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The Psychology Behind Repressed Memories

By: Akshita Madireddy

Repressed memories or dissociative amnesia is thought to occur when the brain experiences something so horrific and traumatic that it seals the memory away. However, the truth behind repressed memories has been in a constant state of controversy in the scientific world. The topic was introduced in the 1800s when Dr. Joseph Bruer had a patient who was experiencing traumatic, repressed memories. Bruer and his student, Dr. Sigmund Frued believed memory suppression serves as a defense mechanism against traumatic events.

The roots of the repressed memories movement are often credited to Sigmund Freud, who was influenced by the hypnotists of his era. Freud believed that the aim of psychoanalysis was to make the unconscious conscious. Many clinicians specializing in repressed memories claimed to do just that, arguing that recovering the repressed trauma is necessary for the patient to find relief from it. Like many of Freud’s theories, this was more based on his imagination than empirical evidence, but the concept has persisted through time.

The controversy for repressed memories is based upon the fact that memory is malleable. Past studies have proven that memory can easily be changed and manipulated, resulting in a lack of data when testing the validity behind repressed memories. Researchers and scientists are now beginning to explore the connection between memories and brain patterns to determine if repressed memories are valid.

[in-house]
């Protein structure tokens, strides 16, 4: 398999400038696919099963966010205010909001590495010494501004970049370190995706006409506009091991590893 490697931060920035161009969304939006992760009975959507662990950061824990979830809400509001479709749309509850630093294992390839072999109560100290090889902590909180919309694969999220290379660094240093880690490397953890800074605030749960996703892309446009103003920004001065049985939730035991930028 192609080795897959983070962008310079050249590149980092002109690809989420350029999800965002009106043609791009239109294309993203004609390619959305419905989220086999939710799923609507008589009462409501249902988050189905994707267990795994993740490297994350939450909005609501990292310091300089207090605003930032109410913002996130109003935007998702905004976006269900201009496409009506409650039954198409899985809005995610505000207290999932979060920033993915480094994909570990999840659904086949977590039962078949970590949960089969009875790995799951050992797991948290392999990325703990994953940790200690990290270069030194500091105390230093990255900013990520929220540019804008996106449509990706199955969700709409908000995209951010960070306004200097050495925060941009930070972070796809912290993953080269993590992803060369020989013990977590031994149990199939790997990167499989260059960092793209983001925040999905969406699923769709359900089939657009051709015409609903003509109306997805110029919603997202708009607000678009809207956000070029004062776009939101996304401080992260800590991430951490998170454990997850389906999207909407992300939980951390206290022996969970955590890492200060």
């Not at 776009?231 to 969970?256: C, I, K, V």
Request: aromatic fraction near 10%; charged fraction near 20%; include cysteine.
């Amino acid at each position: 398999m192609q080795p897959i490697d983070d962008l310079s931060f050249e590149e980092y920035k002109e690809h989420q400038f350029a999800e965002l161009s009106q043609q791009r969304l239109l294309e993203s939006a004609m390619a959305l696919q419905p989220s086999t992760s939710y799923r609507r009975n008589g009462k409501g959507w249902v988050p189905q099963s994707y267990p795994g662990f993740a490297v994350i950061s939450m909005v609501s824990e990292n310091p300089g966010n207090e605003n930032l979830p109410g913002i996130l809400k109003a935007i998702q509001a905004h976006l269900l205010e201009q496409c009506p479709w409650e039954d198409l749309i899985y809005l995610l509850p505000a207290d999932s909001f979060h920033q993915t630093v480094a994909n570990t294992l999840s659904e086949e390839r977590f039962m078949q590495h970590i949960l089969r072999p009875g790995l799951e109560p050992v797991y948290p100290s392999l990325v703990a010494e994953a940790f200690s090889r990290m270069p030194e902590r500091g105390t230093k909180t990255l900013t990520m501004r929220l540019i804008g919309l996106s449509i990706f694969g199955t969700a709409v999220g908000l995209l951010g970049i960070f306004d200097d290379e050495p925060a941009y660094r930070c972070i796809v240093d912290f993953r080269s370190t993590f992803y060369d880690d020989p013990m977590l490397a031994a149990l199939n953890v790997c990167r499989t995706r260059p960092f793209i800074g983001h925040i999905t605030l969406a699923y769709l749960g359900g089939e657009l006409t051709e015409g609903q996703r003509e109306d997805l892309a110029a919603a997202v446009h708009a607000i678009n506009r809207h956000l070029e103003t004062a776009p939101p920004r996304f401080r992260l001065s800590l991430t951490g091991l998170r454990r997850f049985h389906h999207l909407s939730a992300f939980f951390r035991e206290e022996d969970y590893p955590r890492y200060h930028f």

Researchers at Oregon University and the University of Oregon have discovered a biological mechanism in the brain that can block memories. The experiment consisted of twenty-four people aged 19 to 31. Participants were given unrelated and random nouns to memorize at five-second intervals. The participants were then tested until they got seventy-five percent of nouns correct. Then, researchers divided the participants into groups of 8. Group C served as a baseline. Group A was asked to look at the first word and recall the second word. Group B was asked not to recall or even think about the second word.

After scanning participant’s brains using an fMRI, subjects were retested on all the word pairs. Results from the study concluded that when participants were told not to remember, they remembered fewer words. Although not directly relating to repressed memories, this study found that the brain can restrict memories, events, and actions, stipulating that the same can be applied to repressed memories.

Furthermore, a more extensive study by Northwestern University concluded that an explanation for some repressed memories is state-dependent learning. This is a phenomenon where memories are formed when in a specific mood or drug-induced state. The best way to retrieve these memories is to bring the brain back into the state in which the memories were formed.